The One About The Wrong Baby In The Crib:Little Face by Sophie Hannah | Book Review

Hello! I’m here with another book review for you!

I’ve been sick the past few days, and the only thing keeping me sane is reading (and naps!). I recently found this book/series from a recommendation list, and I quite hooked from the synopsis alone. Domestic thriller? Yes. Missing Child? Yes. Dectectives? Yes.

Let’s get onto the review!

Little Face by Sophie Hannah 

Edition: kindle, 357 pages

Publication Date: August 24th 2006 by Hodder & Stoughton 

ISBN: 0340840323 (ISBN13: 9780340840320)

Series: Spilling CID #1

Goodreads synopsis;

It’s every mother’s nightmare …

The first time Alice Fancourt goes out after their daughter is born, she leaves the two-week-old infant with her husband, David. When she returns only two hours later, she swears the baby in the crib is not her child. Despite her distress, David is adamant that she is wrong.

The police are called to the scene. Detective Constable Simon Waterhouse is sympathetic, but he doubts Alice’s story. His superior, Sergeant Charlie Zailer, thinks that Alice must be suffering from some sort of delusion brought on by postpartum depressions.

With an increasingly hostile and menacing David swearing she must either be mad or lying, how can Alice make the police believe her before it’s too late?

‘ Little Face’ is the first book of a new book series by Sophie Hannah. It follows Alice Fancourt, a new mom to a beautiful little baby girl. When she leaves her two-week-old baby, alone, at home with her husband; she does not expect to come to find that the baby in their daughter’s crib is certainly not their baby. David, her husband, thinks different. He swears the baby is their daughter. 

Not only are the couple conflicted, but the police are too. Detective Constable Simon Waterhouse is immediately called, and he has doubts about Alice’s story. His superior, Sergeant Charlie Zailer, concludes that Alice must be suffering from some sort of delusion brought on by postpartum depression.

With her own husband doubting her, how will Alice convince the police to find her daughter? 

First of all, I really liked the premise of the book. After reading the book synopsis, I knew that this domestic suspense thriller is exactly what I want. It’s always makes for a tense book when a baby or child is involved in a thriller. The topic of post party depression delusions is very much a real thing, and I think that’s what made this fictional story realistic– and kind of scary. Because you find yourself doubting Alice, her intentions and everything about where the story is going.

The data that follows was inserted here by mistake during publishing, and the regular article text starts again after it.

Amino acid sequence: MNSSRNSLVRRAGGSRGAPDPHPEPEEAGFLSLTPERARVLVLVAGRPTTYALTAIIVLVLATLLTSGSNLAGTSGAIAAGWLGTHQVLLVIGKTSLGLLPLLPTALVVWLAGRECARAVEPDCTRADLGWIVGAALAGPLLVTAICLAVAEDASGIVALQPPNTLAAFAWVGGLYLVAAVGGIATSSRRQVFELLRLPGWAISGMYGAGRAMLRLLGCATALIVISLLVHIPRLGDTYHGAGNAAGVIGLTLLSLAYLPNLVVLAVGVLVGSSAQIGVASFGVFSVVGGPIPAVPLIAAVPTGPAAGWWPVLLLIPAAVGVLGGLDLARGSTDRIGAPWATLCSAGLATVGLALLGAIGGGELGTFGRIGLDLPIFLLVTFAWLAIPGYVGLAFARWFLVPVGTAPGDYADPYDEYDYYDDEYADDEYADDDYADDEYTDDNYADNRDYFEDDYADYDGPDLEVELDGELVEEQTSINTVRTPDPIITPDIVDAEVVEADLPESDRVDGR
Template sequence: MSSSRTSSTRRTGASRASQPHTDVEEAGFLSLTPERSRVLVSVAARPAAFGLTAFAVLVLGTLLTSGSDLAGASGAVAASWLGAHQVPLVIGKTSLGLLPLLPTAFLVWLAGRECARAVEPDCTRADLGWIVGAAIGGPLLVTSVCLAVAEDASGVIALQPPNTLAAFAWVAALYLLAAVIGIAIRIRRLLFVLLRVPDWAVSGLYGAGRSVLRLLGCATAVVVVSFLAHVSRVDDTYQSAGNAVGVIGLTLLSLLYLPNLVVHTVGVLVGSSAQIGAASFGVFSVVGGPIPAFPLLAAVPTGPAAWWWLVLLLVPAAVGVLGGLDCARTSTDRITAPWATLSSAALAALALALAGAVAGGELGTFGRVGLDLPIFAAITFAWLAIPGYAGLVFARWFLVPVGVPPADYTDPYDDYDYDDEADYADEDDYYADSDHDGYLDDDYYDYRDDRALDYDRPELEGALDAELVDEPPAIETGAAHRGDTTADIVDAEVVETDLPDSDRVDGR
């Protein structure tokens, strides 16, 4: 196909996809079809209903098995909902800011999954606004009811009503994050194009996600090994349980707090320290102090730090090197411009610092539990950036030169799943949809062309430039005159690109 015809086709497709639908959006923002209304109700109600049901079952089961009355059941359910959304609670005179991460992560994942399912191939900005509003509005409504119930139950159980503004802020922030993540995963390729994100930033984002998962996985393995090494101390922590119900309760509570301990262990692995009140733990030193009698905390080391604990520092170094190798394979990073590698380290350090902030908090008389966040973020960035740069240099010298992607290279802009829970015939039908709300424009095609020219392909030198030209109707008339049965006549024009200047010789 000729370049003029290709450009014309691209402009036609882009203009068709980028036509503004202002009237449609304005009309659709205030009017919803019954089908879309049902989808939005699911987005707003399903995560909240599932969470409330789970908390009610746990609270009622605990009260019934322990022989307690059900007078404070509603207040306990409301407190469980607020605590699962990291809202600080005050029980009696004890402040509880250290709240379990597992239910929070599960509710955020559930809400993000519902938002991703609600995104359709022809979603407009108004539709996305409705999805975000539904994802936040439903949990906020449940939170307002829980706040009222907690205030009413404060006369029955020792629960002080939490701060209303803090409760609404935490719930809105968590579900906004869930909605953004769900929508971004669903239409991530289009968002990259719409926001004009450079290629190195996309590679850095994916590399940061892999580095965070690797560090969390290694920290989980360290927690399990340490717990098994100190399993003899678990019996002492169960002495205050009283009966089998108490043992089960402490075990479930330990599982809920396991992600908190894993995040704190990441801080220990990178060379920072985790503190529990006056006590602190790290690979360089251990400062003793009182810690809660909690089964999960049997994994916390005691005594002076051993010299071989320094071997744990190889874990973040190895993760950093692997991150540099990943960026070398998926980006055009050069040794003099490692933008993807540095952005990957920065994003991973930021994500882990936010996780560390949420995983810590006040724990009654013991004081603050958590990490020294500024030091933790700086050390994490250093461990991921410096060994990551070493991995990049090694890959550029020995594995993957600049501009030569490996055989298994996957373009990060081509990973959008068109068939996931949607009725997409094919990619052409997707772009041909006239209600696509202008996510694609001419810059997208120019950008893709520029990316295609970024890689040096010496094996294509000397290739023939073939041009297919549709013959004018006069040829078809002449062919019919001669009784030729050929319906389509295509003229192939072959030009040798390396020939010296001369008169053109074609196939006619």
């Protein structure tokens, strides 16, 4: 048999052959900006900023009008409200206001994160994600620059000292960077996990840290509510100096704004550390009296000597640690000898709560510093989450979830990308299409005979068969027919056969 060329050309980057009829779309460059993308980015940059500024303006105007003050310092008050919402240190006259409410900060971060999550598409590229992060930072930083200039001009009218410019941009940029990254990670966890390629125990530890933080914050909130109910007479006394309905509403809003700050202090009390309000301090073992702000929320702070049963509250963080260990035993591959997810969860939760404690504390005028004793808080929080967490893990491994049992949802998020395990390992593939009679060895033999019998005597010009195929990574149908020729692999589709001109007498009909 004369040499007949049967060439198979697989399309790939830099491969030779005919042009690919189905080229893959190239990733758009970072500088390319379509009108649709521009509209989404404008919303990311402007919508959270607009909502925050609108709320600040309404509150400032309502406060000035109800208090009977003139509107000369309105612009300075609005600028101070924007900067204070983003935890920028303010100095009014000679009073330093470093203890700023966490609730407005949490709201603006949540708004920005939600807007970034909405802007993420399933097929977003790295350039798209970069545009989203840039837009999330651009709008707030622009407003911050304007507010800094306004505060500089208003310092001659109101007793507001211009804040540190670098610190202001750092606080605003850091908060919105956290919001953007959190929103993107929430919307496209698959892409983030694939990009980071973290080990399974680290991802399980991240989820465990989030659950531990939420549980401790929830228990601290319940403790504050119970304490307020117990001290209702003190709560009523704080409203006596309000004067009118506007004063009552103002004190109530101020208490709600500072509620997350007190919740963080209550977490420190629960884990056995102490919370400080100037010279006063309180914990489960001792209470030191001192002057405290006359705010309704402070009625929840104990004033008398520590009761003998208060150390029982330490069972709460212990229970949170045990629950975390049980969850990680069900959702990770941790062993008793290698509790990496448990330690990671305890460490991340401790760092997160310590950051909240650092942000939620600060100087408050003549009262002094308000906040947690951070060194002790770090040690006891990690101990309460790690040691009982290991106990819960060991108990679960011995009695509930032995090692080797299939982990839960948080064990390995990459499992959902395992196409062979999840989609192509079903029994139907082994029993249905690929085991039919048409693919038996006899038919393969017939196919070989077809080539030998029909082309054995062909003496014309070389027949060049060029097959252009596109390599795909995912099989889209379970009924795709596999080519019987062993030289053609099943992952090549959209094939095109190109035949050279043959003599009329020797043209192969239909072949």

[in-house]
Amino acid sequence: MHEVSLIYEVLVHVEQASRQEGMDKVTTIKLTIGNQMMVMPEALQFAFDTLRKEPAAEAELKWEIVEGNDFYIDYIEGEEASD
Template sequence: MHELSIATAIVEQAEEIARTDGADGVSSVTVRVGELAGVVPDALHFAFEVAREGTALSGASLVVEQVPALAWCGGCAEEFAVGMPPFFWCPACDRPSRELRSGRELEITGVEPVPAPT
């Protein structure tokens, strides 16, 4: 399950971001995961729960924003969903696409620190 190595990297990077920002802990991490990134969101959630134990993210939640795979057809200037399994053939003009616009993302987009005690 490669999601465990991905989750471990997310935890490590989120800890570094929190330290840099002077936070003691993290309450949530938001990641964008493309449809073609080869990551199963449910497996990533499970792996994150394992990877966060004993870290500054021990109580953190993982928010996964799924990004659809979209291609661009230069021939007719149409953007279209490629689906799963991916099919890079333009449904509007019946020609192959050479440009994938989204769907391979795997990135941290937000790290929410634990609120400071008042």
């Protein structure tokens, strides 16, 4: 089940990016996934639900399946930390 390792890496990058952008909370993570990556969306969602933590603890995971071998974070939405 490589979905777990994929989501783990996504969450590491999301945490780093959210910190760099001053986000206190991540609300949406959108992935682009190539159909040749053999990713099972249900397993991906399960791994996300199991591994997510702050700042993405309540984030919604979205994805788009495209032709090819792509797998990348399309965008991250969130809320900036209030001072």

This book had me ripped me during the first half– I was completely enthralled by the plot and the complexity of the theories. However, the second half was a lot slower. Honestly, it did feel a bit repetitive at times, and in my opinion, the book would’ve worked just fine if it was shorter. There were some scenes which I felt were filler scenes and added nothing to the overall plot.

The mystery surrounding the baby was the standout plot for me. Like I said, it was realistic– which makes it scarier. It’s every parent’s worst nightmare, and as someone who watches a lot of true crime– I would know that it’s a real possibility, unfortunately. I was so invested in the story that there were moments that made me, the reader, doubt myself as well. It’s also told in first person, so we get front row seats to Alice’s thoughts during her perspective. And although we get insight to her thoughts, there are still parts of her thoughts that remain hidden (for good reason!). 

I also liked how this book was structured. The constant shift in perspective during every chapter keeps the suspense and tension up. One chapter we are watching as Alice tries to convince her husband that the baby in the crib is not their daughter, and then it switches to Detective Constable Simon Waterhouse’s perspective on the case. However, I will admit that I was far too focused on Alice’s POV and her story rather than Charlie and the police’s POVs. 

A successful thriller, to me, is one that has a solid conclusion. The conclusion in this book was pretty satisfying. I’m glad all the loose ends were tied, and I can confidently say that I felt like all of my questions were answered by the end. 

To conclude, I will be continuing on with the series and I cannot wait to see what future cases lie in place for Detective Constable Simon Waterhouse and Sergeant Charlie Zailer. 

4 stars. 

Have you read Little Face by Sophie Hannah or any of her other books?

Let me know in the comments below!

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